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Author's profile photo Ann-Sofie Ruf

“Design Doesn’t Fall from the Sky” – a Story in Postcards


“Why is this button disabled?” – the white-collar businessman furiously shouts into the phone in his attempt to find the culprit. “May I close the browser now?” wonders the lady with the neat 50s hairdo. Both are apparently confused by their software’s User Interfaces.

How oddly out of place! But the thought that these annoyed faces probably mirror frustrations of today’s users rather well actually sneaks a smile on my face.

What are your thoughts on these cards? They’re stylish, vintage-y, and amusing, right? But there’s more to them than that. So let me tell you a story about these postcards. And while we’re at it – let me tell you a story about design.


What seems to be the problem? Define before you design!

“Design usually starts with a gap, a problem, something missing”, explains Matthias Langholz from the Design and Co-Innovation Center from SAP (DCC). “In this case, we wanted to raise awareness about the fact that SAP cares about the usability of its products and wants to change what people normally think about SAP in relation to User Experience (UX) and design.” To that end, the Design and Co-Innovation Center strives to humanize SAP software through design and addresses users’ problems and needs in order to improve their experience.

In a team including Karen Detken and Laurent Pollefoort, the three designers came up with the idea to create a series of six postcards which communicate SAP’s focus – initially for handing them out as giveaways and spreading the message at the IT professionals’ convention TechEd.

At this point you might think: Relax, three designers – six postcards? It’s clearly no effort for them to create appealing graphics and lettering. But design is no stroll through petty decisions about nice pictures and fonts. Soon, the trio was confronted with the challenge of how to find an enticing way to convey the intended message.

Film noir meets state-of-the-art IT

“It begins with an idea, an eye-catcher, may it be a word or a picture. In our case it was a simple contrast and an emotion delivered in a picture” says Karen Detken. This concept of “contrast” needs further explanation.

So to begin with, the three knew that working with SAP software can sometimes be annoying, which can evoke emotions like irritation and frustration. These feelings should be transferred through the characters’ expressions on the vintage pictures as a first reference point for the viewer. “The emotion and the quote should illustrate experiencing SAP software, today”, explains Matthias. “The visualization of the emotion in the picture, however, is taken from a past context, the 50s, which causes an interesting contrast”, he says. After having presented the problems at the front of the postcard, a short text on the back should explain how SAP addresses the negative emotions of today with help from the User Experience Design Services.

Coming back to the initial question of how to convey SAP’s aim on improving the user experience of its products, the answer slowly crystallized during several rounds of concept drafting: by compassionately addressing the user’s problems and proposing a solution, mixed with a healthy amount of self-mockery! But hold your horses, we’re still nowhere near the end of the design journey. Next comes the creation process.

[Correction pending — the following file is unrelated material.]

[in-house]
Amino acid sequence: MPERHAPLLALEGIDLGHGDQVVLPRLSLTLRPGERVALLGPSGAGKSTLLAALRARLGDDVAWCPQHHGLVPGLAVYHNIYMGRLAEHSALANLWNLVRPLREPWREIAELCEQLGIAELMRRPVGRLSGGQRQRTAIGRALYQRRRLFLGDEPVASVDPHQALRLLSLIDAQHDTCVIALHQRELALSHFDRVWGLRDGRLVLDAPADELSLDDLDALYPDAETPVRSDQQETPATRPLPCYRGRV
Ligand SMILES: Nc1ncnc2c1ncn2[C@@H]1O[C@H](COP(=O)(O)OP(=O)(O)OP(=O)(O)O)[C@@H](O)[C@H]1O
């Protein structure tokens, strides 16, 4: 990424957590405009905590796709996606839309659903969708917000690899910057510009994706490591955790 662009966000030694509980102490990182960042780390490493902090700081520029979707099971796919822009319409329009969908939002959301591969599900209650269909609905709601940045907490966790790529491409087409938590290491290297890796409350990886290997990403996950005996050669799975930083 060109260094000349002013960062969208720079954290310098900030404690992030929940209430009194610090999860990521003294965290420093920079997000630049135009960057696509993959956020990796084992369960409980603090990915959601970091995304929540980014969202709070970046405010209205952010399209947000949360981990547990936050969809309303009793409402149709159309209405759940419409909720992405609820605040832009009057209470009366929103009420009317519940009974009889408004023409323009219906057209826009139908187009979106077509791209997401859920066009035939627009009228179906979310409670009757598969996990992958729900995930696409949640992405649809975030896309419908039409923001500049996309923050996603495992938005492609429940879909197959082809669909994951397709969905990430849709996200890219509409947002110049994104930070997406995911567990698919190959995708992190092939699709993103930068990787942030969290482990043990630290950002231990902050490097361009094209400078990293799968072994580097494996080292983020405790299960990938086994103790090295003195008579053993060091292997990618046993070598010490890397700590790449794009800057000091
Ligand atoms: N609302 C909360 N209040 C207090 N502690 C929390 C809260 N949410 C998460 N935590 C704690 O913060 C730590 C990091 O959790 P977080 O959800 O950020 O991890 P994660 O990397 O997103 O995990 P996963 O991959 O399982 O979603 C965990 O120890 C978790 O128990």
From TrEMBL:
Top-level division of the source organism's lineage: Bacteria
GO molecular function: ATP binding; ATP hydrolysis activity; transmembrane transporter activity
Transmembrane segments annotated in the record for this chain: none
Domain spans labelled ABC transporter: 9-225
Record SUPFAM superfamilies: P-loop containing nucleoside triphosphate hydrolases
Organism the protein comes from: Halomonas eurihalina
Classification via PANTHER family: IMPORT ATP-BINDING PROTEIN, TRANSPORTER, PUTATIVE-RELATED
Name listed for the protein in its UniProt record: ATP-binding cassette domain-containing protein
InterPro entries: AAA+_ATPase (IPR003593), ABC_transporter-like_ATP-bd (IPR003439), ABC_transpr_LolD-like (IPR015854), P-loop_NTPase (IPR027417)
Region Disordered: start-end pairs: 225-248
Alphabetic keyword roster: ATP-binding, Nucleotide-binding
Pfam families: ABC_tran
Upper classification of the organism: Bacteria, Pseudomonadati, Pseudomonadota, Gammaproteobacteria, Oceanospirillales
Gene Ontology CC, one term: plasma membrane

Phrasing, matching, attention catching

After having the concept, there’s still the question of how to realize the idea. So in order to find specific references, the team asked themselves: What are possible emotional reactions when users need help with their software? From this starting point, our three protagonists looked for examples in the landscape of emotions.

Angry, annoyed, desperate – finding six examples in the range of negative emotions was easy. Matching an IT problem context, catchy one-question messages and a solution from the User Experience Design Service from SAP posed a bit more of a challenge, though. In the time- and thought consuming process, the three designers also included feedback of other DCC team members in order to confirm or change the design. Here are some insights on the process:


And here are the six different emotions with matching problems and questions:


Another challenge was found where you would not expect it: “It took us ages and a lot of effort to find pictures which exactly matched the intended emotion”, Karen remembers. Indeed, the three took lengths to dig through a ridiculous amount of pictures on databanks. And they spared neither trouble nor expenses to find the pictures that perfectly convey the emotional concepts.

Funny, right? You would think that designers first cared for the visual representation of their product. But design is more complex than one would think! It requires a lot of iteration and endurance. And this directly leads me to the morale of our short journey.

Design – more than good looks!

“Design doesn’t fall from the sky”, says Laurent. It’s not just the visual “making beautiful” but it’s an ongoing process of decisions and iterations. And it takes brain, creativity, and structure to come up with something which perfectly serves its destined purpose.

Design is not the final result but the idea and creation process behind it. Thus, you could take this story as an invitation to appreciate not only the beauty of an artwork but also the whole thought that stands behind it. Because if we can be sure of one thing, it’s that there’s always a person behind the design, contemplating and pondering the question how to deliver a certain message.

As a token of this notion you can download the postcards from the Design and Co-Innovation Center. A gift for you – of course all stylish and vintage-y:

Download the postcards

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